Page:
There is something about a mountain that is sacred, maybe it is its aloofness, the fact that it stands away from the hustle and bustle of daily life, offering an ideal space for introspection, reflection and meditation. And some mountains become sacred hotspots after houses of worship are constructed on them.
Every year, the Yen Tu Mountain, where Vietnamese Zen Buddhism founder King Tran Nhan Tong (1258-1308) became enlightened, draws hundreds of thousands of pilgrims. They usually access the 1,064-meter mountain from its east side and a cable car system.
But, even as Yen Tu gets all the attention it richly deserves, those willing to veer slightly off the beaten path and explore the west side of the holy mountain are in for more than a pleasant surprise –numerous pagodas, waterfalls and streams besides century-old trees are to be found along the way to the mountain top in the districts of Yen Dung, Son Dong, Luc Ngan and Luc Nam in Bac Giang Province.
The west side, covering nearly 100 kilometers, is also home to many cultural and historical works, especially those which were built during the Ly (1010-1225) and Tran (1226-1400) dynasties.
Choosing Luc Nam District as the main destination for our trip to Yen Tu’s west side this time, we set off on motorbikes from Hanoi. After riding for about 100 kilometers, we reached the district’s Doi Ngo Town. From there, we followed Road 293, which was so rough that it seemed to seriously threaten the well-being of our bikes.
Our first destination was Mo Stream, where we burned incense at the three temples Thuong (above), Trung (middle), and Ha (below).
The temples are said to be dedicated to Princess Que My Nuong, the daughter of King Hung XVI, according to a common folktale about the dynasty that ruled the country more than 2,000 years ago.
Mo flows around the Huyen Dinh Mountain, and at many sections it turns into small and big waterfalls, including Thum Thum, the highest of them all.
After resting for a while under a 200-year-old-plus orchid tree on the premises of the Ha Temple, we decided to check out the Thum Thum Waterfall, highly praised by those who have been there before. The waterfall was about 3.5 kilometers away, which was not a long distance, but the road was so rocky that it sapped the energy. We had to drive with intense concentration, and in this situation, a sudden downpour did not provide any relief.
Soon we spotted a small creek, and a young ice-cream seller from the Cao La ethnic minority told us that there was another kilometer to reach Thum Thum. He said we could get there by walking along the creek or through the nearby forest. The kind man did not forget to warn us of leeches.
Thum Thum, starting from the top of Huyen Dinh Mountain some 100 meters high, falls in four stages with each of them having its own unique attraction.
At the first level, there are “bathtubs,” ponds created by the cascade and rocks. They looked so attractive that many of us of could not help but jump into them to have the cool and powerful water rejuvenate our sore muscles and dirty bodies after a long hard trip.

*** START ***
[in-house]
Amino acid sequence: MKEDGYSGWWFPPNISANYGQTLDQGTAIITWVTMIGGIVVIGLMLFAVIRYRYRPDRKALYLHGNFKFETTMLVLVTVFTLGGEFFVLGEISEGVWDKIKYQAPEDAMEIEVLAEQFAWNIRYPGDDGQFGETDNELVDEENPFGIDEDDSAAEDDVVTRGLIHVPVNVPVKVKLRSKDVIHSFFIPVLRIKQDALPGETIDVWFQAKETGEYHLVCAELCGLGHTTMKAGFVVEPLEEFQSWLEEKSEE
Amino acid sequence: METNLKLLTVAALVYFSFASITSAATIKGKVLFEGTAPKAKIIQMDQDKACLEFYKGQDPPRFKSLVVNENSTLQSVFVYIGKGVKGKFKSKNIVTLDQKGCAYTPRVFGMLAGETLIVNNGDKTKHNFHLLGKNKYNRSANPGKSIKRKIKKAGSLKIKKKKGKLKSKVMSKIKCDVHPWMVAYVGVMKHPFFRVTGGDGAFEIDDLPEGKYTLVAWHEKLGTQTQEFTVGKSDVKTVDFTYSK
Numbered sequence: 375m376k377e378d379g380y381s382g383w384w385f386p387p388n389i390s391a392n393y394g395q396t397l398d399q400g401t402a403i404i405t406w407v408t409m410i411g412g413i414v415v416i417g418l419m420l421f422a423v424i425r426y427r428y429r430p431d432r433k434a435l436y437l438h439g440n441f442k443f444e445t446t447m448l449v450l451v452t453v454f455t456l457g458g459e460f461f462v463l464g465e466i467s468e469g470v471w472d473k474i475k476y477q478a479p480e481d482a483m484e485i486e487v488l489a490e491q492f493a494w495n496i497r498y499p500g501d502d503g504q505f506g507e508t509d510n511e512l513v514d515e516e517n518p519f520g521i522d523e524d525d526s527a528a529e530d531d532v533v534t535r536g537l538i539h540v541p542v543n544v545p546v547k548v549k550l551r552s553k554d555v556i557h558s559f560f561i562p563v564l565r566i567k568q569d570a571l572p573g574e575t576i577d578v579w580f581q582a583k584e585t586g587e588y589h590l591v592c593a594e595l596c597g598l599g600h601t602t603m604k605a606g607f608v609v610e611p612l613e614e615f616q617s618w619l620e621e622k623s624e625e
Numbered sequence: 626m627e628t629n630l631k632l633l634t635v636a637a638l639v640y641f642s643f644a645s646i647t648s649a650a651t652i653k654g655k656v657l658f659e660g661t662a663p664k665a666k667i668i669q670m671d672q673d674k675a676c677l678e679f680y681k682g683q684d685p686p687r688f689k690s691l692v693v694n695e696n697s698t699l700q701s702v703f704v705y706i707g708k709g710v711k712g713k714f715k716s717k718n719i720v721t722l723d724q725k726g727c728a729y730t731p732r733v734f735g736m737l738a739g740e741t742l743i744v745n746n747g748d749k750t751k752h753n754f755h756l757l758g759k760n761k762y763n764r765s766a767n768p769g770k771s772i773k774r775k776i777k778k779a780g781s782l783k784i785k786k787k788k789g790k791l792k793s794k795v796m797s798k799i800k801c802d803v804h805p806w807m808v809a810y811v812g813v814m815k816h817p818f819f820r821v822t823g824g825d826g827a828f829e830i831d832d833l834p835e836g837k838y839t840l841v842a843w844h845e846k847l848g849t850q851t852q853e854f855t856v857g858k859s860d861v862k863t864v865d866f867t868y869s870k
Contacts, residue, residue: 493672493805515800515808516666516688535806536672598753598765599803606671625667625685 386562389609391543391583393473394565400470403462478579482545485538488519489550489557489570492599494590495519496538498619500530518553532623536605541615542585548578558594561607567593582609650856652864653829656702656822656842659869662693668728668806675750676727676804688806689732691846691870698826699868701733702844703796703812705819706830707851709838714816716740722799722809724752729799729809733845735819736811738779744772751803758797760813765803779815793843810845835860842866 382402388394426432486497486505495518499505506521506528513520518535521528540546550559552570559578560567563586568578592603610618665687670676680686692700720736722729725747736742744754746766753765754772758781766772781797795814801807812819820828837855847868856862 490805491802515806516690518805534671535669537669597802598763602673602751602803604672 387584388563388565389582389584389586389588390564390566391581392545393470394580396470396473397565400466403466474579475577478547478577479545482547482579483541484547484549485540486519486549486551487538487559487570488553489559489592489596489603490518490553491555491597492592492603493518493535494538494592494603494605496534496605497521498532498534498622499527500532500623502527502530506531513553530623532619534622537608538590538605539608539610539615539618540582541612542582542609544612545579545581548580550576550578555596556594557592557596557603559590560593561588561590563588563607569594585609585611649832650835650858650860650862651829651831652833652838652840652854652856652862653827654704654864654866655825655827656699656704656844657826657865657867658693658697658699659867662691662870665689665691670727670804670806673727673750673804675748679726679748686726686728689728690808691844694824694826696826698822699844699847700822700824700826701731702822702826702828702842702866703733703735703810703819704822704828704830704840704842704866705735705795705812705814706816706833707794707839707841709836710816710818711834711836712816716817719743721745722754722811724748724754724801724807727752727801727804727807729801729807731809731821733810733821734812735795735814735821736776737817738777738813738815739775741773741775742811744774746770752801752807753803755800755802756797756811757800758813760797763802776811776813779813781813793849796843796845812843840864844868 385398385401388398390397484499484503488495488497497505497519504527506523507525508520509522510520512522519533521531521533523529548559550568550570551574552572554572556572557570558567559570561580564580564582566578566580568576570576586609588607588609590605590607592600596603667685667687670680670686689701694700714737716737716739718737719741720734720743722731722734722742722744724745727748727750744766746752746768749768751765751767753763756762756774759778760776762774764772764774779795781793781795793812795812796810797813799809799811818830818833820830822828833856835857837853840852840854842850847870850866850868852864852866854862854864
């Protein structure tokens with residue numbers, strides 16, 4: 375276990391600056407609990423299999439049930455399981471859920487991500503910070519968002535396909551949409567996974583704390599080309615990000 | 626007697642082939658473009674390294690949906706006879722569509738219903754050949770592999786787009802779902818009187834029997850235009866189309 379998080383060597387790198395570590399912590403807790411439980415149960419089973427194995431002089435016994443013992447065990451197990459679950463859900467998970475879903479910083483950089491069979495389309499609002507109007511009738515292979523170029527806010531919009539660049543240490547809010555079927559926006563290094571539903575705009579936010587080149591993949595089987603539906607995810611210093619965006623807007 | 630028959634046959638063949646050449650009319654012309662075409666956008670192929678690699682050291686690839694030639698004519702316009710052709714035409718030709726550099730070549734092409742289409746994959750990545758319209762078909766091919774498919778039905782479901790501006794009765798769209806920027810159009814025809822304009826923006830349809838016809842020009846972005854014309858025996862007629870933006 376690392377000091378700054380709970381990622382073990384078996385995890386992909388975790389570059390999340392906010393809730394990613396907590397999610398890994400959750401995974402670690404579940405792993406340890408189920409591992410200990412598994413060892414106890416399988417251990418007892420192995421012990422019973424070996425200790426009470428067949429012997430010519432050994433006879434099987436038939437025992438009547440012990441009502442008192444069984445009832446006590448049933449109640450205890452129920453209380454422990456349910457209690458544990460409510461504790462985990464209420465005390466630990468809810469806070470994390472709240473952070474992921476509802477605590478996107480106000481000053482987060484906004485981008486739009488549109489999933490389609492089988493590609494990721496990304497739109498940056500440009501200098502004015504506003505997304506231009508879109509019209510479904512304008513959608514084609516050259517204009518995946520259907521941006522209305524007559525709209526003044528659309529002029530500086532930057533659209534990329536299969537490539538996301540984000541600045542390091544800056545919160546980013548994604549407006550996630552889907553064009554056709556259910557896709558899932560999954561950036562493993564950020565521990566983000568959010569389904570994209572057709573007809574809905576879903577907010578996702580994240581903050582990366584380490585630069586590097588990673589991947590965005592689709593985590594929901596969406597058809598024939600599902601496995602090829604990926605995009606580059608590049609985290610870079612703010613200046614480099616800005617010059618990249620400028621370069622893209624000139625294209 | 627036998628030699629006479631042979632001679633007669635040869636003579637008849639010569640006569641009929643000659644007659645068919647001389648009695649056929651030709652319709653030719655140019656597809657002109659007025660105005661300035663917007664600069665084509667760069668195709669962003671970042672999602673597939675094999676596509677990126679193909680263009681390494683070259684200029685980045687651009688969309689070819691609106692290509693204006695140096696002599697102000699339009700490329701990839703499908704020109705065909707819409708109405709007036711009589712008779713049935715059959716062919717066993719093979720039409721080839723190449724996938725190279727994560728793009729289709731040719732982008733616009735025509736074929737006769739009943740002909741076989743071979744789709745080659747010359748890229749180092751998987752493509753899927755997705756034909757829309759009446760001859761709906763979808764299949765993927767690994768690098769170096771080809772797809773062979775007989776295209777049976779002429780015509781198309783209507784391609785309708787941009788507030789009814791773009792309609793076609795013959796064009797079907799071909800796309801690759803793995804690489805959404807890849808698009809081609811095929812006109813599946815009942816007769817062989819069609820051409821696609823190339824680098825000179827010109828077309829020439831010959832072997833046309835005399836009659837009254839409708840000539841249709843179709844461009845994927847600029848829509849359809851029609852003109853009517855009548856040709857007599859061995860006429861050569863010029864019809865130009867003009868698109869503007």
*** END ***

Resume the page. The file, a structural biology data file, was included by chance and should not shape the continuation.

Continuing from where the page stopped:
The way to the second level was quite tricky and slippery. We had to hold hands and hold onto tree branches, carefully, so we did not slip and fall. No wonder the second level was named Tron (slippery) Waterfall. And, the third level had such clean and pure water that every small pebble on the bottom could be seen.
We then crossed giant rocks and went through a forest to reach the last level. As the last waterfall was not very high, just between three and four meters, young men could try hanging on to the rocks and reached the top, completing what we called the Thum Thum obstacle course. The waterfall was named after the sound of the drum call of Tran Hung Dao (1228–1300), the supreme commander under the Tran Dynasty who repelled three Mongol invasions in the 13th century.
One of the most famous “assets” of Luc Nam is the Nuoc Vang (golden water) Stream that runs along Phat Son Mountain, between 800 and 900 meters above the sea level. Many theories, both scientific and legendary, have tried to explain the unique color of the stream – similar to bee honey – which stays the same throughout the year.
Scientists speculate that the color is caused by a giant coal mine in Quang Ninh Province or the disintegration and agglomeration of trees over thousands of years.
Local folklore has it that the water gets its color from the sacred place from where it flows. Located on the top of the Phat Son Mountain, and not far from the origin of Nuoc Vang is the Ngoa Van Temple – a hermitage where King Tran Nhan Tong lived as an ascetic more than 700 years ago.
To see the holy stream with our own eyes, we headed to Luc Son Commune, where it is located some five kilometers from the headquarters of the local People’s Committee.
Once again, the rocky road was a stiff challenge, but one well worth meeting, because you are rewarded by refreshing, transparent waters of the stream and beautiful views. We reached the 50-meter Giot Waterfall at the top of Nuoc Vang, marking our final destination for this trip, but the enjoyment was just beginning.